“I wasn’t 100 percent sure about anything,” recalls King. “And I thought maybe med school wasn’t the path for me.”

He changed his major to economics, which he discovered a real interest in, and then he took a law class. The thought of somehow merging the two fields intrigued him and he started thinking about becoming a business lawyer.

After earning his undergraduate degree, King enrolled in a one-year MBA program at the University of Mississippi before entering the law school at Ole Miss. He had opportunities to clerk at Young Wells and at a construction company where he worked with in-house counsel.

“I got to see the transactional side of law from the client’s view and to gain perspective that helped me understand what a client needs, what’s important to them, and how to approach solving their problem,” he says of the experience.

During his 2L and 3L years, King clerked for Judge Neil P. Olack of the United States Bankruptcy Court for the Southern District of Mississippi, which gained him an understanding of how judges interpret law. As a member of the Negotiation Board, he competed in the St. John’s University Alternative Dispute Resolution Tournament and won the national championship.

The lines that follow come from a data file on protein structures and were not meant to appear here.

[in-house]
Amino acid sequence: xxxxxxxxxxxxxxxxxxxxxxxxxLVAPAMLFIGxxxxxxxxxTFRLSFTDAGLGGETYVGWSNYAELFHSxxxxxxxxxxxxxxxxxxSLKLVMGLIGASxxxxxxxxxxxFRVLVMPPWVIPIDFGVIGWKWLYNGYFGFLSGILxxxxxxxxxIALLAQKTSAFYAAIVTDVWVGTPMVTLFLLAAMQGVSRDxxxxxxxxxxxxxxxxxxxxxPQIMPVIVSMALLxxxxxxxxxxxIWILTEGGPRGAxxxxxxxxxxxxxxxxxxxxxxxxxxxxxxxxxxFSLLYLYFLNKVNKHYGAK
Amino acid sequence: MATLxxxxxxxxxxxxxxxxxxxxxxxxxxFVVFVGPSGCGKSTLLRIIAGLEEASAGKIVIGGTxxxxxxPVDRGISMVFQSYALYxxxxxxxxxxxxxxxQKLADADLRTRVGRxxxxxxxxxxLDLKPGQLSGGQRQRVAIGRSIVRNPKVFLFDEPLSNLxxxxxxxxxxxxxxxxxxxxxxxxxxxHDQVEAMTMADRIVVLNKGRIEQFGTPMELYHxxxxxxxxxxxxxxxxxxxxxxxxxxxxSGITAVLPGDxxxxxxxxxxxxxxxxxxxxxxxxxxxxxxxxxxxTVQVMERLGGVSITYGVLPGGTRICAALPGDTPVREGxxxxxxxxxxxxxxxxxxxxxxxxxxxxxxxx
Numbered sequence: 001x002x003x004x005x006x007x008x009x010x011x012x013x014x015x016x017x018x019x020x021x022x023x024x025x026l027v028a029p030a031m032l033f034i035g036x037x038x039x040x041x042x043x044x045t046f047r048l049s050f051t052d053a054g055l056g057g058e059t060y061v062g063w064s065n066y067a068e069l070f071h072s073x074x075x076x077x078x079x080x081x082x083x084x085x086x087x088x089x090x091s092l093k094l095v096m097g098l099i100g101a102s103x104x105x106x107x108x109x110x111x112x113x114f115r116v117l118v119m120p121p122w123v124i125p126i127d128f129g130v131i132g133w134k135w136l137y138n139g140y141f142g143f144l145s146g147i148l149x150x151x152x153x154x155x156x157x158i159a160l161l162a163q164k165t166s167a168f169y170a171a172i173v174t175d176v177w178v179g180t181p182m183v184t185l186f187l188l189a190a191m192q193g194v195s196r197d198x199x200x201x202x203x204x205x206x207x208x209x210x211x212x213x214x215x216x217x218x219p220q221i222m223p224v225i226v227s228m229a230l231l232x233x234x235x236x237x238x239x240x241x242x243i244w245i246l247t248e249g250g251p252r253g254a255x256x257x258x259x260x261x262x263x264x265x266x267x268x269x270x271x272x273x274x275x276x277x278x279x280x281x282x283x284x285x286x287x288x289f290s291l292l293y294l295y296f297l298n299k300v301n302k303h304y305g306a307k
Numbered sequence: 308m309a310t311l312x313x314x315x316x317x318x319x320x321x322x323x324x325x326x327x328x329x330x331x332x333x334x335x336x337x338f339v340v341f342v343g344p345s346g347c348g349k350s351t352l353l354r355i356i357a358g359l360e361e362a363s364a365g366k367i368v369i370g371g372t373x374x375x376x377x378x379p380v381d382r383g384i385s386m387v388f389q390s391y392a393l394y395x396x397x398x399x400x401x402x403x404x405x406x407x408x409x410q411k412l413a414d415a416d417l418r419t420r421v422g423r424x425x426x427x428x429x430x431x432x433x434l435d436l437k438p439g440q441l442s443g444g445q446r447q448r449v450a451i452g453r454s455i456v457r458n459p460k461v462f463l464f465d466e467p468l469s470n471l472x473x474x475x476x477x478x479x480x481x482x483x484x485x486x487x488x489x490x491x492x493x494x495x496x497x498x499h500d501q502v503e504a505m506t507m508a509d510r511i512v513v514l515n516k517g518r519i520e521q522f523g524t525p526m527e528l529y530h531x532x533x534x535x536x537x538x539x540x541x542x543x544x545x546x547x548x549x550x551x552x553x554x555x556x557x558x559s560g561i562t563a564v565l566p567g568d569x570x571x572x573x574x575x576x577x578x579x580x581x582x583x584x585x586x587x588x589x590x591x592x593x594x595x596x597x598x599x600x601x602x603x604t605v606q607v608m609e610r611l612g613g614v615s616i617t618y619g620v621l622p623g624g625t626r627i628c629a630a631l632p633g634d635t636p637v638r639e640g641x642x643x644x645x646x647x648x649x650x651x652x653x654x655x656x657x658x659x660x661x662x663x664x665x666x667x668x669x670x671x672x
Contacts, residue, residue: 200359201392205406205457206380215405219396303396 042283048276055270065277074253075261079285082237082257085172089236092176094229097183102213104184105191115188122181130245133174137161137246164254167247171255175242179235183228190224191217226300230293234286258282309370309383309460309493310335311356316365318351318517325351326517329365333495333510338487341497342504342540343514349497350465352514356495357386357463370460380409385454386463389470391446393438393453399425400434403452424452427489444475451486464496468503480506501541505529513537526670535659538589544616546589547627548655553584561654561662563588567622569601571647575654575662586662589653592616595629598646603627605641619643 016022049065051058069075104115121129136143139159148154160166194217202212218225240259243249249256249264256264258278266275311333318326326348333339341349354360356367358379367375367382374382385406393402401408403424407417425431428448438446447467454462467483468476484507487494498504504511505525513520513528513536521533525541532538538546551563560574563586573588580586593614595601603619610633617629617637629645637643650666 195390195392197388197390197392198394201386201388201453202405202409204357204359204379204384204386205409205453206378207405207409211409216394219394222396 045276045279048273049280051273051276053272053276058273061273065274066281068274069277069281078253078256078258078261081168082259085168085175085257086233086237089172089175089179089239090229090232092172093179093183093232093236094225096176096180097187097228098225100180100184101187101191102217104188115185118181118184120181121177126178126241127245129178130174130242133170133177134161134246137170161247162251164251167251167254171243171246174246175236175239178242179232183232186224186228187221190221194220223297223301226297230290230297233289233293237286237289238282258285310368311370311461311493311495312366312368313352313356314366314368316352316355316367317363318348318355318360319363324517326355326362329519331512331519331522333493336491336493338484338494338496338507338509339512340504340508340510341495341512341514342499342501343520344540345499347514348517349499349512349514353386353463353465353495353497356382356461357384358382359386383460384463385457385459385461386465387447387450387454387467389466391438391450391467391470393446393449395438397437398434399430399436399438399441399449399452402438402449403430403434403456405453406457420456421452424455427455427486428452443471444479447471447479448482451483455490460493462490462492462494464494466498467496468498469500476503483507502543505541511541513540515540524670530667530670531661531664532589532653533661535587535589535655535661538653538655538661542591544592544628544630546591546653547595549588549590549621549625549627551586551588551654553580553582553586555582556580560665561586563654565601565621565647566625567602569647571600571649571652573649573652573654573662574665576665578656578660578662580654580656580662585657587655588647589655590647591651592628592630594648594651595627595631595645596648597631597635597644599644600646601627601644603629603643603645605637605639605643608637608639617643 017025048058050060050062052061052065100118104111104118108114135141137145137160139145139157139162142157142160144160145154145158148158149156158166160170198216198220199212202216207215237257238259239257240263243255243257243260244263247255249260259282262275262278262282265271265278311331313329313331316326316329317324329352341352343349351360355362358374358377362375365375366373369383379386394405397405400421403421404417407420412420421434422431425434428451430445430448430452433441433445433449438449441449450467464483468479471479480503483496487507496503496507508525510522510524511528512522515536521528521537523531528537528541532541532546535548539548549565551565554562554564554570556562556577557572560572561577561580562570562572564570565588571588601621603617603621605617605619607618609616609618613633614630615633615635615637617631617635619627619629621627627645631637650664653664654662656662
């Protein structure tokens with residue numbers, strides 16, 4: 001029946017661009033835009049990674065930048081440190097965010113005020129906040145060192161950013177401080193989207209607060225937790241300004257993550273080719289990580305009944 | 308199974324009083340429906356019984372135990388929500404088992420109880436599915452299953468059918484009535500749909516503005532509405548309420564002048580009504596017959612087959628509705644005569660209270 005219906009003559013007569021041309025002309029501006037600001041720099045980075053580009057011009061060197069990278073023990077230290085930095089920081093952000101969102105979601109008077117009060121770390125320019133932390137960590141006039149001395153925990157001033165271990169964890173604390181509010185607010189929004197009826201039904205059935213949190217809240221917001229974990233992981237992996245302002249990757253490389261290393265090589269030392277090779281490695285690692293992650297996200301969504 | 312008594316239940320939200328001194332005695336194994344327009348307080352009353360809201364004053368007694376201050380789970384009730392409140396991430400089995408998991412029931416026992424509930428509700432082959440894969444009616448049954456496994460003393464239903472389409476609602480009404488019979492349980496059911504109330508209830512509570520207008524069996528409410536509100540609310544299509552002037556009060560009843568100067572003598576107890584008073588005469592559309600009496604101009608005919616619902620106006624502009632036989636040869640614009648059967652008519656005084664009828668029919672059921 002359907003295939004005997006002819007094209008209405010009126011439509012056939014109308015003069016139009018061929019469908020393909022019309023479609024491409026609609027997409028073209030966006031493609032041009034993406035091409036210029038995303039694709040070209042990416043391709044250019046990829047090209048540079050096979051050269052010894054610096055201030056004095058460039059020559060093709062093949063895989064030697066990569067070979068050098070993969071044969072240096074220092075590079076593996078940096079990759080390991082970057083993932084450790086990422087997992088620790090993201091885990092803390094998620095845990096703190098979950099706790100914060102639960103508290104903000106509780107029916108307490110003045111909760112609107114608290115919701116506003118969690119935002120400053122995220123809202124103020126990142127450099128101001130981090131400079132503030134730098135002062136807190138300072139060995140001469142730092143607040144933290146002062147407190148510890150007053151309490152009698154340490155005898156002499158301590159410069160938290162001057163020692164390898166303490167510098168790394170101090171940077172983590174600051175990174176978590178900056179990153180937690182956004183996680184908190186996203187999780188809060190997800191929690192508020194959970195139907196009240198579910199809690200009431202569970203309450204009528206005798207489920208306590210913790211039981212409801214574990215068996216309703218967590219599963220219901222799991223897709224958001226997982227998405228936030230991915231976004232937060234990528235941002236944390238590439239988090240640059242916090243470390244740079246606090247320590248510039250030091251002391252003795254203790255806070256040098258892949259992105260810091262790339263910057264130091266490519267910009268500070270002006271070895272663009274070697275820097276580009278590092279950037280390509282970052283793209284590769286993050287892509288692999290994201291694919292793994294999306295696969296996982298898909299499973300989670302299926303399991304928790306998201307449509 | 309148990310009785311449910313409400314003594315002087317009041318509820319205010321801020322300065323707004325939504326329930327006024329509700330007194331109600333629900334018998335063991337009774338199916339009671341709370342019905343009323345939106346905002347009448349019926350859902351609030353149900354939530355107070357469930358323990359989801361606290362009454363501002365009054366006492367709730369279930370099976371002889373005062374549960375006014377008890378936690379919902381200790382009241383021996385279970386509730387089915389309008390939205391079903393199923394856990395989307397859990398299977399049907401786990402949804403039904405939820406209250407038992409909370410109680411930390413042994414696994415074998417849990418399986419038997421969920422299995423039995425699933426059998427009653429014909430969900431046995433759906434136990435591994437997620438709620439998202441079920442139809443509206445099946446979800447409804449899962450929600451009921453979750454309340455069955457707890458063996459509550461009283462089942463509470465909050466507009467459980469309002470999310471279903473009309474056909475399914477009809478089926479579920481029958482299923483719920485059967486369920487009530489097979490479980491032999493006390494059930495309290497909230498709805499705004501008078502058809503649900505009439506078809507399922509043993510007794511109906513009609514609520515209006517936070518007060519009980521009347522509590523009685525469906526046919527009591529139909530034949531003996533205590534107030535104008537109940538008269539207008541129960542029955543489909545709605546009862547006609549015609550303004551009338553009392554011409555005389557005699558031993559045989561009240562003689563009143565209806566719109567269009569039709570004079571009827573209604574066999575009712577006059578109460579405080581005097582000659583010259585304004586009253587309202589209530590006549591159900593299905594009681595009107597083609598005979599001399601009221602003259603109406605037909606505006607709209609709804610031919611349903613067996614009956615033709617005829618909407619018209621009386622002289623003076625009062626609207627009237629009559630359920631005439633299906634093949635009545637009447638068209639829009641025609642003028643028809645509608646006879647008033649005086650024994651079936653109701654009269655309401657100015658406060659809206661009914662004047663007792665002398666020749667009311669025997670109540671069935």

“One of my favorite things in the world is negotiating with people,” says King. “My dad is a great negotiator and I think it was always a skill I admired in him. I decided it was something I would like in my toolset, so I worked on it and turned it into something I really enjoy today.”

His first position out of law school was with a litigation-oriented firm in Jackson where he primarily worked in insurance defense. He largely enjoyed the work, particularly in the courtroom, but his deeper interest lay in business law. So, after a few years, when Jim Neeld (who happened to be one of his former youth soccer coaches) approached him in 2022 – for the second time – about coming over to Young Wells Williams P.A., King felt the time was right to make the move.

He wanted to have a more active role in the economic development of Jackson and believed business law was the avenue to do it.

“Helping grow the state and helping grow the Jackson metro area really appeals to me and helping businesses grow in the area helps me do that, I think,” he says.